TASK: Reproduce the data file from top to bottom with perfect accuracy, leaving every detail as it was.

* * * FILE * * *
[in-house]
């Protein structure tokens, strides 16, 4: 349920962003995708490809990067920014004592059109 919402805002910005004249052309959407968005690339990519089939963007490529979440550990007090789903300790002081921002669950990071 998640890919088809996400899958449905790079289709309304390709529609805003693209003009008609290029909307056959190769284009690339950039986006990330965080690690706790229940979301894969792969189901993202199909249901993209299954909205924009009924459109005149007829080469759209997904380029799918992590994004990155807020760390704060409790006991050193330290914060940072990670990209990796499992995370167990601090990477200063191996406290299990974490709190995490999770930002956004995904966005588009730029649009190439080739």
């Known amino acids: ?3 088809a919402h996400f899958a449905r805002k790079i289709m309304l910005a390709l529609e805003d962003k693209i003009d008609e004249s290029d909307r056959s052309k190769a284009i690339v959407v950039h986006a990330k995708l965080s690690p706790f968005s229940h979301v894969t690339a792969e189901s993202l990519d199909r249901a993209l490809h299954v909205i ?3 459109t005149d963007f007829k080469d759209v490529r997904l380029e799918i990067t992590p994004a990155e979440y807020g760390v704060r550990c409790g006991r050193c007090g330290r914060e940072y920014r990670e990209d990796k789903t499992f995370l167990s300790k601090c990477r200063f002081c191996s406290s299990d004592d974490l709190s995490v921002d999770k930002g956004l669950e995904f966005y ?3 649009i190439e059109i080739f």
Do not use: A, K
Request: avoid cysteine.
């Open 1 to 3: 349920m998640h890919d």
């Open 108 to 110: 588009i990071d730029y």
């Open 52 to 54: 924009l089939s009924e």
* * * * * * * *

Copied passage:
[in-house]
């Protein structure tokens, strides 16, 4: 349920962003995708490809990067920014004592059109 919402805002910005004249052309959407968005690339990519089939963007490529979440550990007090789903300790002081921002669950990071 998640890919088809996400899958449905790079289709309304390709529609805003693209003009008609290029909307056959190769284009690339950039986006990330965080690690706790229940979301894969792969189901993202199909249901993209299954909205924009009924459109005149007829080469759209997904380029799918992590994004990155807020760390704060409790006991050193330290914060940072990670990209990796499992995370167990601090990477200063191996406290299990974490709190995490999770930002956004995904966005588009730029649009190439080739």
């Known amino acids: ?3 088809a919402h996400f899958a449905r805002k790079i289709m309304l910005a390709l529609e805003d962003k693209i003009d008609e004249s290029d909307r056959s052309k190769a284009i690339v959407v950039h986006a990330k995708l965080s690690p706790f968005s229940h979301v894969t690339a792969e189901s993202l990519d199909r249901a993209l490809h299954v909205i ?3 459109t005149d963007f007829k080469d759209v490529r997904l380029e799918i990067t992590p994004a990155e979440y807020g760390v704060r550990c409790g006991r050193c007090g330290r914060e940072y920014r990670e990209d990796k789903t499992f995370l167990s300790k601090c990477r200063f002081c191996s406290s299990d004592d974490l709190s995490v921002d999770k930002g956004l669950e995904f966005y ?3 649009i190439e059109i080739f």
Do not use: A, K
Request: avoid cysteine.
């Open 1 to 3: 349920m998640h890919d």
């Open 108 to 110: 588009i990071d730029y």
């Open 52 to 54: 924009l089939s009924e």